After Wisdom Tooth Removal

Post-operative care is very important. Unnecessary pain and complications such as infection and swelling can be minimized if these instructions are followed carefully.


Some bleeding and/or oozing should be expected for the first 24 hours. If the bleeding gets heavy, it can be controlled with use of the gauze provided to you. The gauze should be moistened with tap water and placed directly over the surgical wound. When you bite your teeth together, you should have some pain with it as we are trying to get pressure on the wound itself. If it is not hurting you a little bit, you probably do not have it over the wound. You should hold steady pressure on the wound for 20 minutes. If you are not biting on the gauze, do not have it in your mouth. Do not eat or sleep with the gauze in your mouth. As an alternative, a moistened tea bag can be substituted for the gauze using the same technique as described above. If the bleeding persists, you should call Dr. Kisella at the number you were given.


Swelling is a normal part of the postoperative period proportional to the surgery involved. Swelling around the mouth, cheeks, eyes, and sides of the face is not uncommon. This is the body’s normal reaction to surgery. The swelling will not become apparent until the day following surgery and will reach its maximum on day 3 post-operatively. The swelling may be minimized by the immediate use of ice packs that we provide you.  The ice packs should be left on continuously while you are awake. After 48 hours, ice has no beneficial effect. After 48 hours, the application of heat to the sides of the face is beneficial in reducing the size of the swelling. The packs provided can also be used for heat. You should expect a decreased ability to open your mouth after the surgery. This is due to irritation of the muscles that open your jaw. As the pain and swelling subside, your opening will increase. It may take 2 weeks or more to get back to normal.


This is a normal part of any surgical procedure. The third to fourth day will be the worst day of pain. It will take approximately 2 weeks to feel as though you had nothing done and to be able to eat whatever you want. The baseline pain medication will consist of Motrin and/or Tylenol. These should be taken three times a day with food for a minimum of 5 days. They may be needed for up to 2 weeks. An opioid will be prescribed in a limited quantity. They are to be used to address pain that is not relieved by the Motrin and/or Tylenol, and are to be taken on an as needed basis. You should not drive, operate heavy machinery, or drink alcohol while taking an opioid. If the pain persists, you should call Dr. Kisella at the number given to you.


In some cases, discoloration of the skin follows swelling. The development of black, blue, green, or yellow discoloration is due to blood spreading beneath the tissues. This is a normal post-operative occurrence, which may occur 2-3 days post-operatively. Moist heat applied to the area may speed up the removal of the discoloration.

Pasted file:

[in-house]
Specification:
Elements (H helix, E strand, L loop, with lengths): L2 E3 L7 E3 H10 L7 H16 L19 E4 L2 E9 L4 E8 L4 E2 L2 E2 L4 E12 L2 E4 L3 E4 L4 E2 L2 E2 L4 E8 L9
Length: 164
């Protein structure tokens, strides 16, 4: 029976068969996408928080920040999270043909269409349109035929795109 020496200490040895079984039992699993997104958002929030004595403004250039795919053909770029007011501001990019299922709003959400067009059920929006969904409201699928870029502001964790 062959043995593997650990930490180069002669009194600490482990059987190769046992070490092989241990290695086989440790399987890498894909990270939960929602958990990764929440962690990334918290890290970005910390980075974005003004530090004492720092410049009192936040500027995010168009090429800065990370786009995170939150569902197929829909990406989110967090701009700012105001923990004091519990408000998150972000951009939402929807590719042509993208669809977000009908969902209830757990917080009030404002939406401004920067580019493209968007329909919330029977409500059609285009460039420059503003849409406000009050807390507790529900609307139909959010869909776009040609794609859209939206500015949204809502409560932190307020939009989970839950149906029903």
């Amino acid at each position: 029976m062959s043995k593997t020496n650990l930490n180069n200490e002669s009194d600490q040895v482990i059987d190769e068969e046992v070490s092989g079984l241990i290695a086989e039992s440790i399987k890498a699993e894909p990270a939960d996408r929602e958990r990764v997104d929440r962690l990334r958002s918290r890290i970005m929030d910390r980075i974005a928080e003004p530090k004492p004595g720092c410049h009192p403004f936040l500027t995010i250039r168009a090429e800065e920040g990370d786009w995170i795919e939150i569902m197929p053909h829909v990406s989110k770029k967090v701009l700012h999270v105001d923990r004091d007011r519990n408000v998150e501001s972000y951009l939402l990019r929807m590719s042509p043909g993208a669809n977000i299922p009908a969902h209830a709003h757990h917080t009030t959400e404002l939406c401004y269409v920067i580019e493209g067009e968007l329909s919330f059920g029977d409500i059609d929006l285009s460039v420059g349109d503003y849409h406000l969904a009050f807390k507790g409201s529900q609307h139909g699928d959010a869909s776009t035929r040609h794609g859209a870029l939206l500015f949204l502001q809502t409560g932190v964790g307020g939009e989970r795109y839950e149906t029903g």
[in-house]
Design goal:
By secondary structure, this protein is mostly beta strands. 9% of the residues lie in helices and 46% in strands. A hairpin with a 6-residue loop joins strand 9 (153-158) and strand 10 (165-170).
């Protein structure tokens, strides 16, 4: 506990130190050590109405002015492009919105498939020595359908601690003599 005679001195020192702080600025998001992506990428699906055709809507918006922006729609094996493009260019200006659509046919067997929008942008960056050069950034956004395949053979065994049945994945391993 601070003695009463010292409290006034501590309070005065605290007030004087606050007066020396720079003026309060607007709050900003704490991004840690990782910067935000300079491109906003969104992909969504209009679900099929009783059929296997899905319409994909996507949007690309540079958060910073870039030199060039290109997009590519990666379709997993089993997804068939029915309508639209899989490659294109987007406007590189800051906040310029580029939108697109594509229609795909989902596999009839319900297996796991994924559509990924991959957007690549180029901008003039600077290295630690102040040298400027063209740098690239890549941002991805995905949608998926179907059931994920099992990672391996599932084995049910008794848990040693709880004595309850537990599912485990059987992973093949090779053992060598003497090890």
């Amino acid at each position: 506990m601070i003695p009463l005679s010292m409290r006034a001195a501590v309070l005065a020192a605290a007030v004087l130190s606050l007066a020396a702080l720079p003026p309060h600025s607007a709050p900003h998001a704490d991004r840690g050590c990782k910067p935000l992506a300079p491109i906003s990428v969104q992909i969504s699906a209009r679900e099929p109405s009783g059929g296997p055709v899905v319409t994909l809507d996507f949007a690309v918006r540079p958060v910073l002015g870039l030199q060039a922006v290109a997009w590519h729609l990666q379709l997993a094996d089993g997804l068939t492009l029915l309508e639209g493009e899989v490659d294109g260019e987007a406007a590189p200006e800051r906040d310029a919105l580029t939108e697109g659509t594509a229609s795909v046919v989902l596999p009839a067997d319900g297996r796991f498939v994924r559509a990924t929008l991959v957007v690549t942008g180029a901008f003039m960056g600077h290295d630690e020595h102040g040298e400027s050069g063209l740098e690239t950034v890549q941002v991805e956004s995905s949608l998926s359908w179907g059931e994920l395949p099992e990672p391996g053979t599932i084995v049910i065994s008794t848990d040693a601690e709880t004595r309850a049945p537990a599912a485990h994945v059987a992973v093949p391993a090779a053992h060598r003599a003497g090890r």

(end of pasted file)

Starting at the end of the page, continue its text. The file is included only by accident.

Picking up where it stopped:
Nausea and Vomiting

In the event of nausea and/or vomiting following surgery, do not take anything by mouth for at least an hour, including the prescribed medicine. You should then sip on coke, tea, or ginger ale. You should sip slowly over a fifteen-minute period. When the nausea subsides you can begin taking solid foods and the prescribed medicine.


Your initial diet should consist of liquids, which should be advance to a soft diet as tolerated the first day. You are to avoid hard foods and the use of straws for one week. You should gently rinse your mouth out after eating to help keep the surgical sites clean.

Other Complications

  • If numbness of the lip, chin, or tongue occurs there is no cause for alarm. As reviewed in your consultation, this is usually temporary in nature. You should be aware that if your lip or tongue is numb, you could bite it and not feel the sensation. Call Dr. Kisella if you have any questions.
  • Slight elevation of temperature immediately following surgery is not uncommon. If the temperature persists, notify the office. Tylenol or ibuprofen should be taken to reduce the fever.
  • You should be careful going from the lying down position to standing. You could get light headed from low blood sugar or medications. Before standing up, you should sit for one minute before getting up.
  • Occasionally, patients may feel hard projections in the mouth with their tongue. They are not roots; they are the bony walls which supported the tooth. These projections usually smooth out spontaneously. If not, they can be removed by Dr. Kisella.
  • If the corners of your mouth are stretched, they may dry out and crack. Your lips should be kept moist with an ointment such as vaseline.
  • Sore throats and pain when swallowing are not uncommon. The muscles get swollen. The normal act of swallowing can then become painful.
  • Stiffness (Trismus) of the jaw muscles may cause difficulty in opening your mouth following surgery. This is a normal post-operative event which will resolve in time.


Sutures are placed in the area of surgery to minimize post-operative bleeding and to help healing. Sometimes they become dislodged. This is no cause for alarm. Just remove the suture from your mouth and discard it. The sutures will be removed approximately one week after surgery.

There will be a void where the tooth was removed. The void will fill in with new tissue gradually over the next month. In the meantime, the area should be kept clean, especially after meals, with salt water rinses or a toothbrush. A syringe will be provided to you at your follow-up visit to keep the area clean.

Brushing and flossing your teeth is okay – just be gentle at the surgical sites.

If you are involved in regular exercise, you may resume these activities the day after surgery. Please use your best judgement with the intensity of these activities.